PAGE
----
“This unprecedented disruption in the world energy markets will eventually recede. Better times for the industry are a matter of when – not if – but only if the industry survives the next couple of years. We need to make sure Alberta is prepared and ready for the global recovery when the time comes. Alberta’s energy industry is the lifeblood of our provincial economy – and the largest subsector of Canada’s economy, as well as one of its biggest employers. The energy sector helps some of our country’s most important industries thrive, including health care, manufacturing and transportation.

“We are grateful for this job-creating initiative, and we will continue to work with the federal government until the energy sector has what it needs to survive and thrive for the benefit of all Canadians.”

From the Alberta NDP Caucus

SCHMIDT STATEMENT ON FEDERAL SUPPORT FOR ENERGY INDUSTRY

Marlin Schmidt, NDP Environment Critic, issued the following statement regarding the federal government’s aid package for Alberta’s energy industry:

“Cleaning up oil and gas sites is good news for our energy sector workers, landowners, and our environment. From day one, we have been advocating for support to cleanup orphan wells. It will put thousands of Albertans back to work while supporting responsible resource development.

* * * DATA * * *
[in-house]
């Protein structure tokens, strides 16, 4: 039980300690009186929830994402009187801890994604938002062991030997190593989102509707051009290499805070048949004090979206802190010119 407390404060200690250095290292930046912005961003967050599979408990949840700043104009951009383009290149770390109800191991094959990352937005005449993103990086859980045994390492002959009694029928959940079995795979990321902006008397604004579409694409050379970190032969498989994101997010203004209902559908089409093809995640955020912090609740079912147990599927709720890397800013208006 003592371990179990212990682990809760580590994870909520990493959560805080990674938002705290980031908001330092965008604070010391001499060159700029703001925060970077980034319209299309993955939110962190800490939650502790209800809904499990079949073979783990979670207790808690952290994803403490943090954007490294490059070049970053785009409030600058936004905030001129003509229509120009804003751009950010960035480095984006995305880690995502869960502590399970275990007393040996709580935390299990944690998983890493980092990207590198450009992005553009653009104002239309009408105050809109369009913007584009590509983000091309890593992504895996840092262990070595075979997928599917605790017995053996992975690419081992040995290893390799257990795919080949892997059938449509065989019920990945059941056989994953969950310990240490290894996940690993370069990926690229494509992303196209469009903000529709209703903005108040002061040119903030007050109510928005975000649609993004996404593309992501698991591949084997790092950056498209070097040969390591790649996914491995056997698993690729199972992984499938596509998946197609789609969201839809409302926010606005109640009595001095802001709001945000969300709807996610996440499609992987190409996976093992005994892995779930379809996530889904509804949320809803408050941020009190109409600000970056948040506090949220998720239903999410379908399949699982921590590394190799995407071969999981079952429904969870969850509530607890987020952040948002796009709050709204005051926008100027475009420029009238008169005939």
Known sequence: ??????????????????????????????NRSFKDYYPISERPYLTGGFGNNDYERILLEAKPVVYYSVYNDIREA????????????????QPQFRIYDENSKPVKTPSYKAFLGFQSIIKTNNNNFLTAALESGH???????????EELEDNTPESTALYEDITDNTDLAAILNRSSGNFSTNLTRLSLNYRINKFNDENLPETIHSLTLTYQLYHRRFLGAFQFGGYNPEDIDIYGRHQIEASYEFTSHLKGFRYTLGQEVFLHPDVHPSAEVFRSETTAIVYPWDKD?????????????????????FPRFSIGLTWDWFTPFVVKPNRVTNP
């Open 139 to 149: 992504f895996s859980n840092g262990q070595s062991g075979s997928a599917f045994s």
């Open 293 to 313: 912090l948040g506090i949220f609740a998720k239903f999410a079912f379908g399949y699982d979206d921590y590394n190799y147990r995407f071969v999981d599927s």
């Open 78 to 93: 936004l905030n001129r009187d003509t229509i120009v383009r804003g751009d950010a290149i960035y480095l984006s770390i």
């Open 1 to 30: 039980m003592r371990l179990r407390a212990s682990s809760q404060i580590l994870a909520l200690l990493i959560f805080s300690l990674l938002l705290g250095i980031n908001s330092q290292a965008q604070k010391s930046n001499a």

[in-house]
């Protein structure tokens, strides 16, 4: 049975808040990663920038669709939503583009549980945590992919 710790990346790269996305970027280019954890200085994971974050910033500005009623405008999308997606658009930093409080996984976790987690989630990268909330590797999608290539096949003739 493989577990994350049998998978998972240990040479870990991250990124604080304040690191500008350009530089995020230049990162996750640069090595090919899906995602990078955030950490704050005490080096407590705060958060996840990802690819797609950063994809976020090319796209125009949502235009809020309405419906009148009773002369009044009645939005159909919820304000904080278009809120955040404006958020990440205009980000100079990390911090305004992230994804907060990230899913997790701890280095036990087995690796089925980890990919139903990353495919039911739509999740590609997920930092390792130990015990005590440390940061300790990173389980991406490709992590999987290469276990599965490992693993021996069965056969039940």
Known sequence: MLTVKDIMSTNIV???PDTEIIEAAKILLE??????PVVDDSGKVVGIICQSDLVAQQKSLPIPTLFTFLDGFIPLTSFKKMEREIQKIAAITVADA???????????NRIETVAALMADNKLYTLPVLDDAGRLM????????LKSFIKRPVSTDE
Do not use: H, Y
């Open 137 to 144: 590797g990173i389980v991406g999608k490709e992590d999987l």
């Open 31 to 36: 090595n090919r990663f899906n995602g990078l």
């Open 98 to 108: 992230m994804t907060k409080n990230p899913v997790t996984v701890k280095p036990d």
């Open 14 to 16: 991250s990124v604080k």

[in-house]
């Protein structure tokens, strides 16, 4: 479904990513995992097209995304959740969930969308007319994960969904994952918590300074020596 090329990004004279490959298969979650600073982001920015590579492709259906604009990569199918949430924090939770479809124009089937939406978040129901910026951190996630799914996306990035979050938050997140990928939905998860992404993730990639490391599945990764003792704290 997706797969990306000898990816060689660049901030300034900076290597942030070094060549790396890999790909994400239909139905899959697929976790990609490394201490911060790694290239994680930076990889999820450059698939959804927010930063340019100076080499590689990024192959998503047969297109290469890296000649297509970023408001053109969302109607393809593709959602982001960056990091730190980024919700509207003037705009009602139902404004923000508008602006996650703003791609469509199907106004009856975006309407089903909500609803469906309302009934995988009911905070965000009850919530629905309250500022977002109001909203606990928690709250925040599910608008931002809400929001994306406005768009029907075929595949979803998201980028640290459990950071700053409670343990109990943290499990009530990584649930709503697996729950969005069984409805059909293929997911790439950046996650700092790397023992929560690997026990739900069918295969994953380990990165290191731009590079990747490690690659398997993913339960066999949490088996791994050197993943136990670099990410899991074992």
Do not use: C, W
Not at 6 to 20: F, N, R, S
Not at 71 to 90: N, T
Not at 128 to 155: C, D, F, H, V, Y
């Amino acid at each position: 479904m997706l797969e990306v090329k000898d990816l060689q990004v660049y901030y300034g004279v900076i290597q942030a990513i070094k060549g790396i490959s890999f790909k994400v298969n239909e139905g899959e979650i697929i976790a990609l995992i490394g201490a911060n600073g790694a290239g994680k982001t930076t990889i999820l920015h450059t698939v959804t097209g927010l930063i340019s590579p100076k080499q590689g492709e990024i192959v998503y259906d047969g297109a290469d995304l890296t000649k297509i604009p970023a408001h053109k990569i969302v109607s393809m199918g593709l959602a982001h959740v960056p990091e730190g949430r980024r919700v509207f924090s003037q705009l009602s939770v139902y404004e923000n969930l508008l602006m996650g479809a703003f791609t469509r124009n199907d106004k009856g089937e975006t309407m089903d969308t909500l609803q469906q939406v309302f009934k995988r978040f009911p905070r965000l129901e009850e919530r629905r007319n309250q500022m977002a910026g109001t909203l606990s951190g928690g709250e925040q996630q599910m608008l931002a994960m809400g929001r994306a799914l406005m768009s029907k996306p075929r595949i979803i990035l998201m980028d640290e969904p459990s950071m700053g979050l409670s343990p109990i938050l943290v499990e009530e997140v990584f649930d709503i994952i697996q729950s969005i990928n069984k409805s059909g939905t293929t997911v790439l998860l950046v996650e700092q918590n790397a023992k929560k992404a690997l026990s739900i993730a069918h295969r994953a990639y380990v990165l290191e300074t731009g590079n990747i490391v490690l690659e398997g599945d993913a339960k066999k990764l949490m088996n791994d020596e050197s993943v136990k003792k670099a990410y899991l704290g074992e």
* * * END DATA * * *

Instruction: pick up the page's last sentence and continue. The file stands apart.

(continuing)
“The UCP government must use this money in a way that ensures polluters still pay for the cleanup of their sites. They must also set clear targets and timelines for well cleanup now and into the future. I also hope the UCP will ensure landowners and municipalities are compensated for wells on their land.

“While this is good news for our energy sector and landowners, there are still a lot of Albertans and businesses struggling to make ends meet. I wish Premier Kenney and the UCP would step up and provide real leadership to support all Albertans and all sectors of our province instead of constantly relying on the federal government to act first.”